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When cooked over a wood fire or on a conventional stove, '''hard porridge''' is cooked by putting cornmeal into boiling water. To prevent burning, the contents of the pot have to be stirred very well. Then the porridge is put on a big flat plate and cut into pieces to be served with vegetables.
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When cooked over a wood fire or on a conventional stove, '''hard porridge''' (known locally as ''sadza'', ''nshima'', ''ugali'', ''tô'', ''fufu'', ''banku'', ''nigoni'', ''putupap'', and maize meal among other names) is cooked by putting cornmeal into boiling water. To prevent burning, the contents of the pot have to be stirred very well. Then the porridge is put on a big flat plate and cut into pieces to be served with vegetables.
   
 
In a solar cooker of the [[Box cookers|box]]- or [[Panel cookers|panel]]-type, it is prepared in a different way: you just put the corn flour into the cold water (1.5 parts water, 1 part cornmeal), stir well, and then put the covered pot into the cooker. There is no stirring necessary since the heat is very even and there is no concentrated heat coming from a flame under the pot. Another advantage of this method is that the pot almost never needs any cleaning afterwards.
 
In a solar cooker of the [[Box cookers|box]]- or [[Panel cookers|panel]]-type, it is prepared in a different way: you just put the corn flour into the cold water (1.5 parts water, 1 part cornmeal), stir well, and then put the covered pot into the cooker. There is no stirring necessary since the heat is very even and there is no concentrated heat coming from a flame under the pot. Another advantage of this method is that the pot almost never needs any cleaning afterwards.
   
[[Jill Miller-Cranko]] of [[Zimbabwe]] reports: We have found that the cornmeal / maize meal / mealie meal we use to cook "sadza" does need to be stirred once during cooking. We advise to let it cook for 2 hours, open the pot and stir, and return to cook for a further 1 - 2 hours (depending on the quantity being cooked, and the strength of the sun). If left to cook for 3 - 4 hours without stirring it seems to go hard. But this may only apply to us when we are using [[CooKit]]s.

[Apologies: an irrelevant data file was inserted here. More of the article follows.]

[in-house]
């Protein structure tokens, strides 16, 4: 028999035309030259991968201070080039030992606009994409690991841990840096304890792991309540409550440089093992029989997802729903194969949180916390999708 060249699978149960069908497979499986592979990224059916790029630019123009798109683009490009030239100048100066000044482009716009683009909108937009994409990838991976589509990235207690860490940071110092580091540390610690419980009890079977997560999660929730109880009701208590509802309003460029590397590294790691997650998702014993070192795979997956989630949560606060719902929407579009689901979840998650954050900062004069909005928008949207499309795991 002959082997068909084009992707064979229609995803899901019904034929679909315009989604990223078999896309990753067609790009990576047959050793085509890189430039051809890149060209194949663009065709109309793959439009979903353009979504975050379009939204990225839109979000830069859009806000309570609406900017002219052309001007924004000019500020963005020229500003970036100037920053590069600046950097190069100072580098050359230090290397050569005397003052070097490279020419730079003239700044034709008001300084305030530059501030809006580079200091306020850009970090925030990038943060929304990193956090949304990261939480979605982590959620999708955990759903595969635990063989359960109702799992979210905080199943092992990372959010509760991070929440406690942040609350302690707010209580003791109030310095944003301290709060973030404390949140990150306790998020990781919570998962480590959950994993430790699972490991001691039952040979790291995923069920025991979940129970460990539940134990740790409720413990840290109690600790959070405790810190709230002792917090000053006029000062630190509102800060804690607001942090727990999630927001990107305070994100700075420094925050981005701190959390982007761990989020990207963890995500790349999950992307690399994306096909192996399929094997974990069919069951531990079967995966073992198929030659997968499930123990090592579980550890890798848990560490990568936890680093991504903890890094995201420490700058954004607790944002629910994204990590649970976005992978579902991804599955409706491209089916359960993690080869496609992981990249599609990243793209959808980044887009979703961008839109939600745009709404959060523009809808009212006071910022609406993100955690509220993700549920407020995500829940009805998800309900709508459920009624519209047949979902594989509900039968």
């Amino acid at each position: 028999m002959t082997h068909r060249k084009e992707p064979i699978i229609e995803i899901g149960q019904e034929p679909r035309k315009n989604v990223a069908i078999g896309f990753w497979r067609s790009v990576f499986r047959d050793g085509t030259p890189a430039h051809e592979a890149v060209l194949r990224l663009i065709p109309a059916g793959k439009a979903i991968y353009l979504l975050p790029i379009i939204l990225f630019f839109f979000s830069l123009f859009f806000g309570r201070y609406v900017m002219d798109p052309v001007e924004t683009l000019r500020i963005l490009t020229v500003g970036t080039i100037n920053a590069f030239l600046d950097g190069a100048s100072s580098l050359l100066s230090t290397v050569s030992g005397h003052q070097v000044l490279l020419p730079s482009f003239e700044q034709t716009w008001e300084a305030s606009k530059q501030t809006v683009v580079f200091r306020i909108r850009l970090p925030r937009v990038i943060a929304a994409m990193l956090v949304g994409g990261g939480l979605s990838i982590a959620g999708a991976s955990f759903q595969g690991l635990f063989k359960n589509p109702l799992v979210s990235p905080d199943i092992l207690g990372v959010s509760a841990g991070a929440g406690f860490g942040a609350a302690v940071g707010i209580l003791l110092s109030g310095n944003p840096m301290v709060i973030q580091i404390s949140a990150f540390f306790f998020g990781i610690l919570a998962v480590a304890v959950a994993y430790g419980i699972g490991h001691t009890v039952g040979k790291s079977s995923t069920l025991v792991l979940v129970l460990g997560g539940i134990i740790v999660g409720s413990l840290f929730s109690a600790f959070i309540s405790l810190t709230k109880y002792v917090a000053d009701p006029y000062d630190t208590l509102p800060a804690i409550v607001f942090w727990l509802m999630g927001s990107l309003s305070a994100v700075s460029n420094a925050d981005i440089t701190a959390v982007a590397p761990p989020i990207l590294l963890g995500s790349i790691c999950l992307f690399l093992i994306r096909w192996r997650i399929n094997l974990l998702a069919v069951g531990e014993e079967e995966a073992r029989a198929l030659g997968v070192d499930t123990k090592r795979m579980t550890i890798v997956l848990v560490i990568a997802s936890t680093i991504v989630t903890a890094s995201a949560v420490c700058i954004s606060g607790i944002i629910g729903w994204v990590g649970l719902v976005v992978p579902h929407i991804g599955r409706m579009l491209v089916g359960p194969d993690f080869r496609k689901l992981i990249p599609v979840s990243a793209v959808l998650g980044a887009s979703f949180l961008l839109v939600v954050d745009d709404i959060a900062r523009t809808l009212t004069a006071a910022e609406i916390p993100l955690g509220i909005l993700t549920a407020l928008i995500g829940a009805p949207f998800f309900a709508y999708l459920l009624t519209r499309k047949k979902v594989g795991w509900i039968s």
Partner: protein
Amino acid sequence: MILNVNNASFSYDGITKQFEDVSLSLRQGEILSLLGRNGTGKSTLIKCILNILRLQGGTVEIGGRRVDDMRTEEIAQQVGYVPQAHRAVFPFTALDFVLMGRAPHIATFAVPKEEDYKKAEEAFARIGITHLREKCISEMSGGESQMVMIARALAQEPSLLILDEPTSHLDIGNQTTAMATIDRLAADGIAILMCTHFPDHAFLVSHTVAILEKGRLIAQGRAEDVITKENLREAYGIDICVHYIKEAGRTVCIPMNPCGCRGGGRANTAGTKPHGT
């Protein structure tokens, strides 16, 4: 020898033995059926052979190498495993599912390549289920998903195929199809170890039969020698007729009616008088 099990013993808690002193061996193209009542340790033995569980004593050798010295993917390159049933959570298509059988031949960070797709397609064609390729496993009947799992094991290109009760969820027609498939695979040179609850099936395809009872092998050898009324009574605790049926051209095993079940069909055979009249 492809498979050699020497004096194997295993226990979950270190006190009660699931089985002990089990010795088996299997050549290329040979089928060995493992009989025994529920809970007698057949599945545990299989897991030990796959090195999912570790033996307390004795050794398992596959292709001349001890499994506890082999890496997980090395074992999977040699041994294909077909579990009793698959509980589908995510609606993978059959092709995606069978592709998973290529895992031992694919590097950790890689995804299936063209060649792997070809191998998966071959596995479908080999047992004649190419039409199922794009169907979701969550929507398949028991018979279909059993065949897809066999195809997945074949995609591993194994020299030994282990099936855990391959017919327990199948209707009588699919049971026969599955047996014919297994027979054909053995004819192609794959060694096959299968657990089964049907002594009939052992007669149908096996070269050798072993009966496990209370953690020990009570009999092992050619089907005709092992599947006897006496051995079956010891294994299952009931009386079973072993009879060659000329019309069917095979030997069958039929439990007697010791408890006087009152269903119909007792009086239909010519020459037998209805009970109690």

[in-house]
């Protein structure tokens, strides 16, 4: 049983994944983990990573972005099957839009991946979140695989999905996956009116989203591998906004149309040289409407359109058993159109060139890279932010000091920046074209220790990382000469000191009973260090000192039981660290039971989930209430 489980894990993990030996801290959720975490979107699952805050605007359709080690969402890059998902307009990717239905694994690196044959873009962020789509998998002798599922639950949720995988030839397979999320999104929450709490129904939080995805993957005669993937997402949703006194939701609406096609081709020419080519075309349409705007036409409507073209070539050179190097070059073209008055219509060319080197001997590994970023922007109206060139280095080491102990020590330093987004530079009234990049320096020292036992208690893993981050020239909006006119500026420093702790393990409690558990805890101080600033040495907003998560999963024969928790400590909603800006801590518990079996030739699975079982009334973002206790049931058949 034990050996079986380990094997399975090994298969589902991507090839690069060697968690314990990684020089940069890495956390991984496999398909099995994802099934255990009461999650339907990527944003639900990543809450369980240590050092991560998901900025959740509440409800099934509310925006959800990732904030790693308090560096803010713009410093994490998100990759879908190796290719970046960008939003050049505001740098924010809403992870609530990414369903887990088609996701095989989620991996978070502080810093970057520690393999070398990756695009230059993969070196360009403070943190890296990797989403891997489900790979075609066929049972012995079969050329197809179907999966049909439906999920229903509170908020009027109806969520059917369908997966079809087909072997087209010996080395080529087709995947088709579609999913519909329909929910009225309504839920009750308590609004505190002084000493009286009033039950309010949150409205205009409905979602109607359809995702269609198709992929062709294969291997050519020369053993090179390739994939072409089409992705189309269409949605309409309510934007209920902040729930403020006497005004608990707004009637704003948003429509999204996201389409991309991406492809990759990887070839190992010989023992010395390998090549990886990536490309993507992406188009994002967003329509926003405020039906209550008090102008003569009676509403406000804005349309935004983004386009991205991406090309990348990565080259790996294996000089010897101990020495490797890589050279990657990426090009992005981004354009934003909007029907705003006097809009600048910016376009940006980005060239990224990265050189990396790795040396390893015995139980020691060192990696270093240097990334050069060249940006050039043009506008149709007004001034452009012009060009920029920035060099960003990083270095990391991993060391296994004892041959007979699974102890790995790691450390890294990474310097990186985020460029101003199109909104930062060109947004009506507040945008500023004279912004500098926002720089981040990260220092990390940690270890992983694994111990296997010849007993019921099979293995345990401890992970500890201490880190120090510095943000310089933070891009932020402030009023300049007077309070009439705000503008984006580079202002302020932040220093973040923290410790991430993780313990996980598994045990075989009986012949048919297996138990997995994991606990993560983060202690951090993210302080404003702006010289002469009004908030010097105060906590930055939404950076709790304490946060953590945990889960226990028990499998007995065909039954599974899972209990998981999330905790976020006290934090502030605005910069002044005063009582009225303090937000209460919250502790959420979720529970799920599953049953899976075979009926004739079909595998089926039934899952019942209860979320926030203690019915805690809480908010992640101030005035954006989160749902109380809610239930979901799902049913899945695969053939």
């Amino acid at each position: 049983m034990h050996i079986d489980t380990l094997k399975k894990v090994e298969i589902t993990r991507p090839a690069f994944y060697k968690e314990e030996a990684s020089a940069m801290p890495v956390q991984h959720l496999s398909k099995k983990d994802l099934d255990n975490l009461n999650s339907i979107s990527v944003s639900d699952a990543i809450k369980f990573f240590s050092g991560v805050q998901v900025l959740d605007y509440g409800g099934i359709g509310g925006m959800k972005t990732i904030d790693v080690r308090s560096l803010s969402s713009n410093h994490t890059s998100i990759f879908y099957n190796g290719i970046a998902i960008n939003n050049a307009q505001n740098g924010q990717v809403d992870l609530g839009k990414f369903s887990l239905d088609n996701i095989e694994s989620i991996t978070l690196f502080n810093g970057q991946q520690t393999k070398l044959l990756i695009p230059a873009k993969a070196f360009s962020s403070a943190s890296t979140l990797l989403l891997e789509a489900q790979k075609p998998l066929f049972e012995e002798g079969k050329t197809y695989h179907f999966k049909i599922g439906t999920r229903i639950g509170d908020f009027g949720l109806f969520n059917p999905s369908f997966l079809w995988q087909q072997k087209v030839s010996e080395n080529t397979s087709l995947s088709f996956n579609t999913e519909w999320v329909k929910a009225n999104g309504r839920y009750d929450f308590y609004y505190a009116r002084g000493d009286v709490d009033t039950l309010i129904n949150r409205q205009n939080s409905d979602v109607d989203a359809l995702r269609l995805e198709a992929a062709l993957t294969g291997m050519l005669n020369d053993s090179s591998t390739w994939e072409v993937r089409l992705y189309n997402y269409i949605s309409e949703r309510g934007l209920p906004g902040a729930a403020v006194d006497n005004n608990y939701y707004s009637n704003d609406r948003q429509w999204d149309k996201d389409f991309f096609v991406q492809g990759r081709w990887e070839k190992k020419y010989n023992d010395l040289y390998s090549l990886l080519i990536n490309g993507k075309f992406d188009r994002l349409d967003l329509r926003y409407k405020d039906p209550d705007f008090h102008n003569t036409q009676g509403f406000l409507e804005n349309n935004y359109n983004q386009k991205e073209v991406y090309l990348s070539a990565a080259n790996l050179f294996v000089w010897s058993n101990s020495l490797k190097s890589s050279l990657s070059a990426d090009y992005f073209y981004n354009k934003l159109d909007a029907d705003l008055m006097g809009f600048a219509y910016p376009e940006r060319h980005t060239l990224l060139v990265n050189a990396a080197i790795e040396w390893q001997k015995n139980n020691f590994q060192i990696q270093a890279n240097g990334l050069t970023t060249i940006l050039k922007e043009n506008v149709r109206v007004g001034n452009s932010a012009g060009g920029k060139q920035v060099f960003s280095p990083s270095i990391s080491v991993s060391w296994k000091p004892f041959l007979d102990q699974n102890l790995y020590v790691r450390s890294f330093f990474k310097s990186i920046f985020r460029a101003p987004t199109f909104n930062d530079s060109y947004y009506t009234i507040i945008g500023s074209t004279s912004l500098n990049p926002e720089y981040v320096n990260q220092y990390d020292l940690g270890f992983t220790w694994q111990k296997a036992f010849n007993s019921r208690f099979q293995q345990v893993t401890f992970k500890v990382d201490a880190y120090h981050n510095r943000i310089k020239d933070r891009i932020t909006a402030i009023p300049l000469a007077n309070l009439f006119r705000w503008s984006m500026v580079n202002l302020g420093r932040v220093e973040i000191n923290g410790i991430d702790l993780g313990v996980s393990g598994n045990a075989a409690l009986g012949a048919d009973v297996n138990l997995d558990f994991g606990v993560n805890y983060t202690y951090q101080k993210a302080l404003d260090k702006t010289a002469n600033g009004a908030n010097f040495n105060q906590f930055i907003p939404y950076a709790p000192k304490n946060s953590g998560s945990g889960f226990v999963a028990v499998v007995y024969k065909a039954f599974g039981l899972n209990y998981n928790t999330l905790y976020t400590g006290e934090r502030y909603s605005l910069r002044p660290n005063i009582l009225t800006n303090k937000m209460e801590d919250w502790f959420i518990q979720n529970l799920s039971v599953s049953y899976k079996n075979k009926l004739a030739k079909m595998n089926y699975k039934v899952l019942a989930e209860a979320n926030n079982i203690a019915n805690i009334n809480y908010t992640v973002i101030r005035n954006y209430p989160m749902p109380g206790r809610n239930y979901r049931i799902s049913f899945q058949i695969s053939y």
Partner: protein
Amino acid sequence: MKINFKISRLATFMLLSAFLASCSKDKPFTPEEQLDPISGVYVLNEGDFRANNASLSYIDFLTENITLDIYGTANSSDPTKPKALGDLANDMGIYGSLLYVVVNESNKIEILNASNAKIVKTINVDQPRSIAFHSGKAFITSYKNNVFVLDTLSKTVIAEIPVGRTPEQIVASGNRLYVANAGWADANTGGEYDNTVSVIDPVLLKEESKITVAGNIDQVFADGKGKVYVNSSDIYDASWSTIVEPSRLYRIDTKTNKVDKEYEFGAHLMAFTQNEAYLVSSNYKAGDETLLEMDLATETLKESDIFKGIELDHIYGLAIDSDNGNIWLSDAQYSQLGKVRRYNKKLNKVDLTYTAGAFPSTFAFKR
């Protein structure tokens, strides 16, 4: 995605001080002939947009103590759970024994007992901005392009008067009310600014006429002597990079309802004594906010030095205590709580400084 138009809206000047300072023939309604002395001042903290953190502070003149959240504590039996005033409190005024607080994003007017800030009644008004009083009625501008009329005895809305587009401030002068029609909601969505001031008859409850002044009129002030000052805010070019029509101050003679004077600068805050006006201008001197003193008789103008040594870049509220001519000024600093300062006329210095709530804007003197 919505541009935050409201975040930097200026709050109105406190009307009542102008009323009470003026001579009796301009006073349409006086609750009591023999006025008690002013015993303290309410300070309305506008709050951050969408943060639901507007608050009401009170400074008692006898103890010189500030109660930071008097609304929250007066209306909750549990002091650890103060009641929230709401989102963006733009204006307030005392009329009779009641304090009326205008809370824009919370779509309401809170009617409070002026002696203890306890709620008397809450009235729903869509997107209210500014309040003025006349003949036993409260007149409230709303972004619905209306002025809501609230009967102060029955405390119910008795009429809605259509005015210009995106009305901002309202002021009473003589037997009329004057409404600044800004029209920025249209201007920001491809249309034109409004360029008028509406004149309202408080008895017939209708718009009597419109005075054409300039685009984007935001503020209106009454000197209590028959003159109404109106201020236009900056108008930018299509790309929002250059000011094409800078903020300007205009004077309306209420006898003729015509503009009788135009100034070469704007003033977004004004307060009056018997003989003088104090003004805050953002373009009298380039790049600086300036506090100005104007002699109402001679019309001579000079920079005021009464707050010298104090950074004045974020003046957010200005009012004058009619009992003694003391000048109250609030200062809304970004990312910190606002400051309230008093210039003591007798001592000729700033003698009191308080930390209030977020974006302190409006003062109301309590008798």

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[[Jill Miller-Cranko]] of [[Zimbabwe]] reports: We have found that the cornmeal "sadza" does need to be stirred once during cooking. We advise to let it cook for 2 hours, open the pot and stir, and return to cook for a further 1 - 2 hours (depending on the quantity being cooked, and the strength of the sun). If left to cook for 3 - 4 hours without stirring it seems to go hard. But this may only apply to us when we are using [[CooKit]]s.
   
 
==Audio and video==
 
==Audio and video==
[[File:Cooking Corn Meal with a Solar CooKit in Eastern Chad|none|535 px]]
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[[File:Cooking Traditional African Cornmeal in a Solar Cooker (Filmed in Chad in 2009)|none|535 px]]
[[Category:Foods requiring special handling]]
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==See also==
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* [[Guidelines]]
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* [[Heat-retention cooking]]
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==External links==
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*[http://hedon.info/BP26_SolarCookingOfTraditionalFoodsInWesternAfrica?bl=y Solar cooking of traditional foods in Western Africa]
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[[Category:Foods]]

Latest revision as of 19:17, November 20, 2014

Last updated: 20 November 2014      

When cooked over a wood fire or on a conventional stove, hard porridge (known locally as sadza, nshima, ugali, , fufu, banku, nigoni, putupap, and maize meal among other names) is cooked by putting cornmeal into boiling water. To prevent burning, the contents of the pot have to be stirred very well. Then the porridge is put on a big flat plate and cut into pieces to be served with vegetables.

In a solar cooker of the box- or panel-type, it is prepared in a different way: you just put the corn flour into the cold water (1.5 parts water, 1 part cornmeal), stir well, and then put the covered pot into the cooker. There is no stirring necessary since the heat is very even and there is no concentrated heat coming from a flame under the pot. Another advantage of this method is that the pot almost never needs any cleaning afterwards.

Jill Miller-Cranko of Zimbabwe reports: We have found that the cornmeal "sadza" does need to be stirred once during cooking. We advise to let it cook for 2 hours, open the pot and stir, and return to cook for a further 1 - 2 hours (depending on the quantity being cooked, and the strength of the sun). If left to cook for 3 - 4 hours without stirring it seems to go hard. But this may only apply to us when we are using CooKits.

Audio and videoEdit

Cooking Traditional African Cornmeal in a Solar Cooker (Filmed in Chad in 2009)03:58

Cooking Traditional African Cornmeal in a Solar Cooker (Filmed in Chad in 2009)

See alsoEdit

External linksEdit

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